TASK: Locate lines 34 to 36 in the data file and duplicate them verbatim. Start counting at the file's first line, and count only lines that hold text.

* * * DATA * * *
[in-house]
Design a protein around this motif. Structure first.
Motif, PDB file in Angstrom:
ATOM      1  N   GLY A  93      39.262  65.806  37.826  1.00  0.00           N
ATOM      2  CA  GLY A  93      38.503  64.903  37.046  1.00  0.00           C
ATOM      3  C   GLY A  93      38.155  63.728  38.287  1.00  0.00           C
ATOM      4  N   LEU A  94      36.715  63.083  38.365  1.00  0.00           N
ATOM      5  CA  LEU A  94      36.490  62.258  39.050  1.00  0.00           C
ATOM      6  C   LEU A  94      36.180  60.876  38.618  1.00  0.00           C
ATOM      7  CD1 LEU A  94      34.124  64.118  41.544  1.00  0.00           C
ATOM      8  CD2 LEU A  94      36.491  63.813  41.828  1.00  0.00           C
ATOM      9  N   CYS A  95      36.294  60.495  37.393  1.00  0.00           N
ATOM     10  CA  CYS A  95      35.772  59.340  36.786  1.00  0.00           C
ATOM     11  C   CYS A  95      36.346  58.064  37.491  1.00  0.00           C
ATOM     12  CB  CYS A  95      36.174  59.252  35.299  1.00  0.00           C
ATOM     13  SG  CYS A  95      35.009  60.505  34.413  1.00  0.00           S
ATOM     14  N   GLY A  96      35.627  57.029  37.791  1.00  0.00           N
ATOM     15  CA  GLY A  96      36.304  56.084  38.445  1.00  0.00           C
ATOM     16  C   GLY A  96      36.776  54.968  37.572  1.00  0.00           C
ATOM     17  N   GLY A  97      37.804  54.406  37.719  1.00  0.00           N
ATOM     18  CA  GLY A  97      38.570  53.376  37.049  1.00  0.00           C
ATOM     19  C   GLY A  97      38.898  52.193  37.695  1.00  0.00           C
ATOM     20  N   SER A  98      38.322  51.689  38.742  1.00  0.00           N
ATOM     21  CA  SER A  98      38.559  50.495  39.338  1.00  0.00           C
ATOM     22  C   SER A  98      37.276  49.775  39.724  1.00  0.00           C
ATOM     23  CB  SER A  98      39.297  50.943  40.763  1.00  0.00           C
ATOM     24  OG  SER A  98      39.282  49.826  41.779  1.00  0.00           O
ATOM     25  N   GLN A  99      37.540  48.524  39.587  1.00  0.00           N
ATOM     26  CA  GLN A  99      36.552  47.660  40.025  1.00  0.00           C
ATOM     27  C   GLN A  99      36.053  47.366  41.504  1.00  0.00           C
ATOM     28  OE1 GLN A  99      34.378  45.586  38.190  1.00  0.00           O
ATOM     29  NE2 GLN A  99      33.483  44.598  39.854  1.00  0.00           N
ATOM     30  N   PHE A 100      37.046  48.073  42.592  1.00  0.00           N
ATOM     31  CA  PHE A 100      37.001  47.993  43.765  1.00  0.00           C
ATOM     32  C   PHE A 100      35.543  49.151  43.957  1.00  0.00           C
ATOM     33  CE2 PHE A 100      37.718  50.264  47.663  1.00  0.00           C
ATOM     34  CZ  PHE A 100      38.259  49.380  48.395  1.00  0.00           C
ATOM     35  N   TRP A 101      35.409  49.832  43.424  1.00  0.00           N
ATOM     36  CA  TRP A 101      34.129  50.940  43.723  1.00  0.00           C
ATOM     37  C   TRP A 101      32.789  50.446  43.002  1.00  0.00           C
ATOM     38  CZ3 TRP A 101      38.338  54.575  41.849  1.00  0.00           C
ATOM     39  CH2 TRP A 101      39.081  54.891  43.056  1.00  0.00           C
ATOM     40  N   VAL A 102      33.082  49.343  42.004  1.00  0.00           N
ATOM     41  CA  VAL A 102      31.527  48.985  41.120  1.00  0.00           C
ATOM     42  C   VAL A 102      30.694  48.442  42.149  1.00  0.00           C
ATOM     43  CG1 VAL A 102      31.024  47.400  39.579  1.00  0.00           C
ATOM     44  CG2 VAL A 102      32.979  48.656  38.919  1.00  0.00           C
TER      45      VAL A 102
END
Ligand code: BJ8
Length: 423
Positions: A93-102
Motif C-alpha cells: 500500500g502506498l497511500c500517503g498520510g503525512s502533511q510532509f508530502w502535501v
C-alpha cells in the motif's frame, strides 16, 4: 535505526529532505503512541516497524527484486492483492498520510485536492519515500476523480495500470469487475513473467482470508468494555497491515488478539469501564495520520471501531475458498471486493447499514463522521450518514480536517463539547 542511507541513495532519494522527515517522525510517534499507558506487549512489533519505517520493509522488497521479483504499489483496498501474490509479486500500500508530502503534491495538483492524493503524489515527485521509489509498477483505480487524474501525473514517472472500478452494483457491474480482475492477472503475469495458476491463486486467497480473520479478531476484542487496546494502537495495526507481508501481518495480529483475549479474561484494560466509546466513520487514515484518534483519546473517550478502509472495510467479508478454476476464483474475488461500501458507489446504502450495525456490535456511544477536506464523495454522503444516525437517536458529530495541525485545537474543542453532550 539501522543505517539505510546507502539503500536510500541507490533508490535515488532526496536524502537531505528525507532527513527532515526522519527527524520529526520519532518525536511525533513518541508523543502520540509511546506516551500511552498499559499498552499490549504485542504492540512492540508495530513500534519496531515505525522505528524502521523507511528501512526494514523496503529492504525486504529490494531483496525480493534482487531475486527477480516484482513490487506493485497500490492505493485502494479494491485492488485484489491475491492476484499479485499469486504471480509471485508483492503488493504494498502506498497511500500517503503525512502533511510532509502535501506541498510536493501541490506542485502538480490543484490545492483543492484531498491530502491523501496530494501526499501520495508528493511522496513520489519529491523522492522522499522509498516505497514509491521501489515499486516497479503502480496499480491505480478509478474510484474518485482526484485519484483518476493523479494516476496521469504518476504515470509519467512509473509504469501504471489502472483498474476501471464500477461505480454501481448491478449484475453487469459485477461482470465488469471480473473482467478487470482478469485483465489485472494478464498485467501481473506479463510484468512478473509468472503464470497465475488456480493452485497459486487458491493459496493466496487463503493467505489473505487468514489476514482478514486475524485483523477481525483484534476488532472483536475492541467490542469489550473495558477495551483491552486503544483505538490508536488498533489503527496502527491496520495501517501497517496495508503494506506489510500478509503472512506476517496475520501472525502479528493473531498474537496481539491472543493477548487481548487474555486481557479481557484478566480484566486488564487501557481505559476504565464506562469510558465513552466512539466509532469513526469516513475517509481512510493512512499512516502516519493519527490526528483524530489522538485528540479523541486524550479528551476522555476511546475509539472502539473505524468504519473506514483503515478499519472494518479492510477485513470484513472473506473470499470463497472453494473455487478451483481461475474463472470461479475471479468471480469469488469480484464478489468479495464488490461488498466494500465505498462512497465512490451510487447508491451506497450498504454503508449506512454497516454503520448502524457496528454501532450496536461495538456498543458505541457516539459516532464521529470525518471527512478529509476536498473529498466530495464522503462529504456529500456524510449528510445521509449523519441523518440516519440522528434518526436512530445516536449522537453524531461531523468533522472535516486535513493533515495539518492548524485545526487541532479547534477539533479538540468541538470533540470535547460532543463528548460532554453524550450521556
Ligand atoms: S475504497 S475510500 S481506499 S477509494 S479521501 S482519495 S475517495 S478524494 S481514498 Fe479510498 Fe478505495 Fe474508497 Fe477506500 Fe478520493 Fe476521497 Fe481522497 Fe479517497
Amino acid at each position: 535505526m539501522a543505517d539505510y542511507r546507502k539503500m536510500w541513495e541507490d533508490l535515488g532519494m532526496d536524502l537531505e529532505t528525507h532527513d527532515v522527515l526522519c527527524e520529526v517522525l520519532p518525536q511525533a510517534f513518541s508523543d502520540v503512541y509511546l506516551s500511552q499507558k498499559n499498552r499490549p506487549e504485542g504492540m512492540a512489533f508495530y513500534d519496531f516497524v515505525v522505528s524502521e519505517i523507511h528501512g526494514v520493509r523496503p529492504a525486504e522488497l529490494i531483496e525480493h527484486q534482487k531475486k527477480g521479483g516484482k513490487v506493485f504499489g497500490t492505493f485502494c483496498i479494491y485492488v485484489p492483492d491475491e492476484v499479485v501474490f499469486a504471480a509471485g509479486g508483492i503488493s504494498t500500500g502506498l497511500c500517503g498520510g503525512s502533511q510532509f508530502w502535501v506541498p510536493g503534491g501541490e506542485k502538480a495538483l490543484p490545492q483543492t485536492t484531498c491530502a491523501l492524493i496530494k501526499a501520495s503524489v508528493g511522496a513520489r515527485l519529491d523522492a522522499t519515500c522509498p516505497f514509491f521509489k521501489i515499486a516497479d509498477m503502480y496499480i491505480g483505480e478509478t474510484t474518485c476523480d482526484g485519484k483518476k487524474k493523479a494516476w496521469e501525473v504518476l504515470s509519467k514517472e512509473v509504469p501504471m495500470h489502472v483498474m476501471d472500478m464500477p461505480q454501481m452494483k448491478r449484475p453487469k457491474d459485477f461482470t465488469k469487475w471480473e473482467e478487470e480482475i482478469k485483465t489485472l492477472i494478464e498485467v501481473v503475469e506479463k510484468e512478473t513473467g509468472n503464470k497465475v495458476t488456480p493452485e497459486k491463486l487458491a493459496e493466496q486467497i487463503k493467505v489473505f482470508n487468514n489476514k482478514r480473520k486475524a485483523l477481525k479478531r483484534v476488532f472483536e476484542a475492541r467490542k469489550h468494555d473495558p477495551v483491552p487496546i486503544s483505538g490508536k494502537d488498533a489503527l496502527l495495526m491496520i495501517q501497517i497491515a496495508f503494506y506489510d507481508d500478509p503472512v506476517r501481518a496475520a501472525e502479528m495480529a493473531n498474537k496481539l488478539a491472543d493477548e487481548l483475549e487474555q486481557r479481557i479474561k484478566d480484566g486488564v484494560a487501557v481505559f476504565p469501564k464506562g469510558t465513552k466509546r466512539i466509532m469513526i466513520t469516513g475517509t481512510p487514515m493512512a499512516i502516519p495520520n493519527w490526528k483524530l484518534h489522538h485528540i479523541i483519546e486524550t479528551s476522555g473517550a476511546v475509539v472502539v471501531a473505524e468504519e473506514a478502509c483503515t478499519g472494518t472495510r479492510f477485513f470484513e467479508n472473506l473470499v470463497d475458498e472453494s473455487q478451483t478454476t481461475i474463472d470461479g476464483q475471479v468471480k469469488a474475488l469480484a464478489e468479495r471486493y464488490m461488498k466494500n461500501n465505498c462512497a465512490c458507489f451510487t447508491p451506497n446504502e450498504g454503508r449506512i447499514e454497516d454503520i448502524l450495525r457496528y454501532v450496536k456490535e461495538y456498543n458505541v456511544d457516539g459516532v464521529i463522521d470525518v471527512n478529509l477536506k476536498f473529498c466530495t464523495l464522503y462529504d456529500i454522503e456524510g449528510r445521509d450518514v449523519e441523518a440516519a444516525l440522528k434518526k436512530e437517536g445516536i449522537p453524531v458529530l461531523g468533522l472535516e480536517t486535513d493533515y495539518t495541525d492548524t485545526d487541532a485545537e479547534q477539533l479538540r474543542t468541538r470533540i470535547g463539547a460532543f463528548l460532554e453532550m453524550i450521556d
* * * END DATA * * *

ATOM     31  CA  PHE A 100      37.001  47.993  43.765  1.00  0.00           C
ATOM     32  C   PHE A 100      35.543  49.151  43.957  1.00  0.00           C
ATOM     33  CE2 PHE A 100      37.718  50.264  47.663  1.00  0.00           C